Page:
On Dec. 10 at approximately 9:27 p.m., Brandon Bernard was pronounced dead—executed by method of legal injection at the Federal Correctional Center in Terre Haute, Indiana. At the age of 40, Bernard became the youngest to be executed by the federal government in over 70 years for a crime he committed at 18.
I first became familiar with Bernard's devastating case in the many months prior to December when his daughter spoke out about her father's case on Twitter in hopes of raising awareness and appealing to commute his sentence to life in prison. I petitioned, emailed, and called in the months that came; I cried and prayed—despite not being religious—when Dec. 10 came and the Supreme Court denied the appeal to delay the scheduled execution for 14 days.
Bernard's case permeated headlines and news coverages, drawing some individuals with massive platforms like Kim Kardashian to speak up and implore President Trump to intervene and commute the sentence to life in prison instead. However, most individuals with similar platforms disappointingly remained silent on Dec. 10. Despite the lack of attention from celebrities and many politicians, Bernard's case exploded on Twitter and became one of the top three trending hashtags and events—hundreds of thousands were tweeting in opposition to the execution. The execution still proceeded as planned, occurring 3 hours and 27 minutes past the scheduled time.
The following day, the federal government executed Alfred Bourgeois at 8:21 p.m. Despite Bourgeois exhibiting little to no remorse for the violent slaughter of his 2-year old daughter, I still found myself disturbed that many of the same individuals advocating against the death penalty the previous day either remained silent or claimed that Bourgeois "deserved" his execution. I do not condone Bourgeois' actions; however, one cannot choose when to be against and when to be in favor of the death penalty—you must either be against or in favor of it in its entirety. There are certainly no nuances when it comes to federally-sanctioned executions.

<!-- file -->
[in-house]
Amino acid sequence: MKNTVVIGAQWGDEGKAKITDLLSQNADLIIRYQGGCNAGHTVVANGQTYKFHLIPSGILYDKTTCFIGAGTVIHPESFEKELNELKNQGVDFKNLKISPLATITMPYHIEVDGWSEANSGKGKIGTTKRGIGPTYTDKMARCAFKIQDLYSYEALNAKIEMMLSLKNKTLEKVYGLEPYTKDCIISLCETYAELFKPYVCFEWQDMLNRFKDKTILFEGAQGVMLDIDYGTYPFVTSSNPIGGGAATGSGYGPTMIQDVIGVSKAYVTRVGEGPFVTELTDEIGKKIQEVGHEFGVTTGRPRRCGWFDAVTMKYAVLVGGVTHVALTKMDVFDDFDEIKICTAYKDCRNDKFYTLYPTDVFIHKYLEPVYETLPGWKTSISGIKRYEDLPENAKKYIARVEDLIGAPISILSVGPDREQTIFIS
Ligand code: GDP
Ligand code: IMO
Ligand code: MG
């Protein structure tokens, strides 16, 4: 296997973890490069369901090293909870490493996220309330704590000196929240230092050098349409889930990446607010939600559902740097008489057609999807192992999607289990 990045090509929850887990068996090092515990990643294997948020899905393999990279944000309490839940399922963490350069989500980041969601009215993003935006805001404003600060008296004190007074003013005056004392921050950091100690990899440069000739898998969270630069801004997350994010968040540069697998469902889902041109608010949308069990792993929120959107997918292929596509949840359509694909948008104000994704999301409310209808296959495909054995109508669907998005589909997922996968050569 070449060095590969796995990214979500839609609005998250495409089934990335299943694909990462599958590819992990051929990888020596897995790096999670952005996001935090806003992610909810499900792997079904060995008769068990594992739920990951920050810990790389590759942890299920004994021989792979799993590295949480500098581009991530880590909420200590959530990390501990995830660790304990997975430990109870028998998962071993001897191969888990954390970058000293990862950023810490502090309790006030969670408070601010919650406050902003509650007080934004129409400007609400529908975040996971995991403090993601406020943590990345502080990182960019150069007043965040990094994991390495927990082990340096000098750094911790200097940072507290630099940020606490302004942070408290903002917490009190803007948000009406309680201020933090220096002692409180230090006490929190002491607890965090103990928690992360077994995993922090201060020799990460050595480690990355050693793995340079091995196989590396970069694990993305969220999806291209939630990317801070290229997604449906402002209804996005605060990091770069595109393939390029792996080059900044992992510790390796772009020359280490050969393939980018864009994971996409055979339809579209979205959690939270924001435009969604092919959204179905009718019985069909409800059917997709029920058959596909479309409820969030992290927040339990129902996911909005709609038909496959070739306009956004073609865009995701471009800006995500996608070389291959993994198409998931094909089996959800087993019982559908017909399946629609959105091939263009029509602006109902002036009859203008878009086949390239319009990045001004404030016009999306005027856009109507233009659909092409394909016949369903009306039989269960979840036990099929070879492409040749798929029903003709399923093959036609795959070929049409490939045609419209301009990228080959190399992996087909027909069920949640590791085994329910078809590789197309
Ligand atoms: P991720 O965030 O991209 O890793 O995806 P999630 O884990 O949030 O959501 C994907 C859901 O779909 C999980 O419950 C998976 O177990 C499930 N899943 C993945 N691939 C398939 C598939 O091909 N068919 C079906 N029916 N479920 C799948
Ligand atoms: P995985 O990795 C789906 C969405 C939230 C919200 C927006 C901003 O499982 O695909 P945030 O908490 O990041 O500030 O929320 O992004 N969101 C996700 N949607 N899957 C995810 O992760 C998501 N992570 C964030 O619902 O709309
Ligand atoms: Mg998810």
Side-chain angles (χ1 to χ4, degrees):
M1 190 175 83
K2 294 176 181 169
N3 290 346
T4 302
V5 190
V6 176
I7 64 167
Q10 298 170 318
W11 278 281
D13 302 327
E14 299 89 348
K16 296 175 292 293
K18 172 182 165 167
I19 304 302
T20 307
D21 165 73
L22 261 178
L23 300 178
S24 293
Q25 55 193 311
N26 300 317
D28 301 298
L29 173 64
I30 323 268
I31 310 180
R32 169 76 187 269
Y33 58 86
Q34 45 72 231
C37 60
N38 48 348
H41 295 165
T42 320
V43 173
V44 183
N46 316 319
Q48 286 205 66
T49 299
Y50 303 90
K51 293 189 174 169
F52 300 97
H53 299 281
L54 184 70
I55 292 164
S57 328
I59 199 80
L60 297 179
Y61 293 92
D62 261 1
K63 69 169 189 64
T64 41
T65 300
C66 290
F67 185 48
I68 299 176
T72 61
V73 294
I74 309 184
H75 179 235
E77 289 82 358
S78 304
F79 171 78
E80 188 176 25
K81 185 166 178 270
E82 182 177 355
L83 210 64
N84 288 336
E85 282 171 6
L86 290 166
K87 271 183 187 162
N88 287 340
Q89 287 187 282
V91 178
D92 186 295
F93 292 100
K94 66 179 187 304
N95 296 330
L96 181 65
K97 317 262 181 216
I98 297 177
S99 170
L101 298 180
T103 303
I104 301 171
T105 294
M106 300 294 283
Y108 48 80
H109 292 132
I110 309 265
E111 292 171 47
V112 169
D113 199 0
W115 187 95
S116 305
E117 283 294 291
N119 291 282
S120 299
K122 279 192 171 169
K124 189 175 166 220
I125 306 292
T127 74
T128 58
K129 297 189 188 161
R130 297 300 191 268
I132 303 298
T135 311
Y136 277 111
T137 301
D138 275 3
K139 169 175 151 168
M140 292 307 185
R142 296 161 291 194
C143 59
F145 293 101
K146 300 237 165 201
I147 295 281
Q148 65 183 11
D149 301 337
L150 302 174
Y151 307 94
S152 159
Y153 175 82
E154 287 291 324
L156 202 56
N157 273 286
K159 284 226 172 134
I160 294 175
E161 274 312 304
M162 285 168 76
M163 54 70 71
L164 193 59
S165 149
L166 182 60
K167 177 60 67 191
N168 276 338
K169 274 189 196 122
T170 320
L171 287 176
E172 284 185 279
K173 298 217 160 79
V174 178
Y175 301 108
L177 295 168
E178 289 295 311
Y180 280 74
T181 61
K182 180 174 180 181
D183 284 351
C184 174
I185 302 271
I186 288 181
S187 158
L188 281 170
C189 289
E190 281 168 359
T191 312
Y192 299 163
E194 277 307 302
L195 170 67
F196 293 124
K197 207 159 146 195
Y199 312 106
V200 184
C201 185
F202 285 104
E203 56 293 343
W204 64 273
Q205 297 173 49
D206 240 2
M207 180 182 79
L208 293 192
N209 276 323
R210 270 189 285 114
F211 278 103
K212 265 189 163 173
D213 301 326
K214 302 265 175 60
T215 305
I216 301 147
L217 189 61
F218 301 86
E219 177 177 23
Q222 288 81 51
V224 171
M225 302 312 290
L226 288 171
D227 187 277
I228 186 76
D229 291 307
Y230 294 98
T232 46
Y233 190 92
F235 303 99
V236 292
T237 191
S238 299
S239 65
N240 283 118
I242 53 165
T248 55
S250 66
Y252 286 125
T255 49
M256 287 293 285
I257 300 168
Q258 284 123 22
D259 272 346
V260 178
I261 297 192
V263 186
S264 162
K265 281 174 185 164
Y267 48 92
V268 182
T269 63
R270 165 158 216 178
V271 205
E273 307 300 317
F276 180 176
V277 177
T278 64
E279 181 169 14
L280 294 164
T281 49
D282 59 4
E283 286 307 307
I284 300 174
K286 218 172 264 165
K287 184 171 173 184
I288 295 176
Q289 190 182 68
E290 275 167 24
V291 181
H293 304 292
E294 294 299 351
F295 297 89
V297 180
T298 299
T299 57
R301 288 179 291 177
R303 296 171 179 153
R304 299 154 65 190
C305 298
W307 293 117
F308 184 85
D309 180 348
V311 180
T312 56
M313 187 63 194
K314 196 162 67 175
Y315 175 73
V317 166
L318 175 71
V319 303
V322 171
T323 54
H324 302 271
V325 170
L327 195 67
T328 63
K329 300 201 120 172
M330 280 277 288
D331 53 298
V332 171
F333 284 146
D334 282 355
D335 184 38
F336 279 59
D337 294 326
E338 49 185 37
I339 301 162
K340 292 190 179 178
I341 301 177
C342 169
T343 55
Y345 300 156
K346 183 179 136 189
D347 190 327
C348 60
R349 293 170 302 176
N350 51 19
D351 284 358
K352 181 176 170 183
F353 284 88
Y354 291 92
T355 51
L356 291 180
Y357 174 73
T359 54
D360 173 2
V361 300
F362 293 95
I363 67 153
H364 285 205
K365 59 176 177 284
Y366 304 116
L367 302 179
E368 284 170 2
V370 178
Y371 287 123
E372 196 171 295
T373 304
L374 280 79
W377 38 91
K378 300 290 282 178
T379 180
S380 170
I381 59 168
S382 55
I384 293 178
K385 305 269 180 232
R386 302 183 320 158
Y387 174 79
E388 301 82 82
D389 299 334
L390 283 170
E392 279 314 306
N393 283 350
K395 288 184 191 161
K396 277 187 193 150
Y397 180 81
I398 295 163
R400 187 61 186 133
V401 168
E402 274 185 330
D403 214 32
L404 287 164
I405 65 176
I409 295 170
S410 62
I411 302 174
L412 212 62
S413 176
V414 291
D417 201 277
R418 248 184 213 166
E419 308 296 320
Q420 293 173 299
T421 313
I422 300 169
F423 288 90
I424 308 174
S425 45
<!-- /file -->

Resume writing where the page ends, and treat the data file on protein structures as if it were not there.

Capital punishment, also referred to as the death penalty, is used as a supposed method to deliver justice in cases involving capital crimes, such as murder, rape, terrorism, war crimes, etc. However, it is historically intertwined with barbaric institutions like slavery and segregation.
Despite the death penalty being reinstated by SCOTUS in 1988, federally-sanctioned executions were incredibly low in quantity—until Trump. Since July, Trump has executed 10 incarcerated individuals, most of which occurred during a period of transition. His plans for the next two months are consistent with more executions. To locate similar amounts of executions, one would have to go back to the 19th century.
Trump's decision to proceed with a copious amount of executions is inhumane and appalling; the federal government should not have the power to strip individuals of life, regardless of their actions. When I find myself overwhelmed with discomfort and sadness on related topics of capital punishment, Bryan Stevenson's quote invades my mind: "The death penalty is not about whether people deserve to die for the crimes they commit. The real question of capital punishment in this country is, Do we deserve to kill?"
Capital punishment in America directly opposes any notions of justice; in fact, most individuals sentenced to death are frequently poor or people of color. According to the ACLU, "people of color are far more likely to be executed than white people, especially if the victim is white." Additionally, experts agree that the death penalty does not prevent capital crimes from being executed; ultimately, the execution is simply an act of inhumane vengeance with no benefits.
Besides the very evident immoral nature of the death penalty, it is also an incredibly burdensome cost for states to bear. Many advocates of the death penalty claim that it is significantly cheaper to execute an individual than to commute their sentence to life in prison; however, the opposite is in fact true. In Florida, the death penalty costs $51 million more per year than allowing individuals on death row to remain in prison for life without the possibility of parole.
Additionally, when it comes to enacting the death penalty, there is invariably the risk of executing an innocent individual. According to the ACLU, 156 individuals have been released from death row due to innocence. That risk alone is not worth the ability to legally execute individuals who have committed the most violent crimes—it never will be.
In most places in the world, the death penalty has been abolished—the only remnant of this inhumane policy being the words themselves. The U.S. must follow in these footsteps; the death penalty must cease to exist as a method of 'enacting justice'. While President-elect Joe Biden has expressed adamant disapproval of the death penalty, Trump currently holds office and is doing his best to execute as many inmates as possible. It is difficult to deny that Trump is intentionally ensuring that his parting gift to America will be an influx of executions; however, it is still vital to petition and email your representatives, expressing disdain for this policy.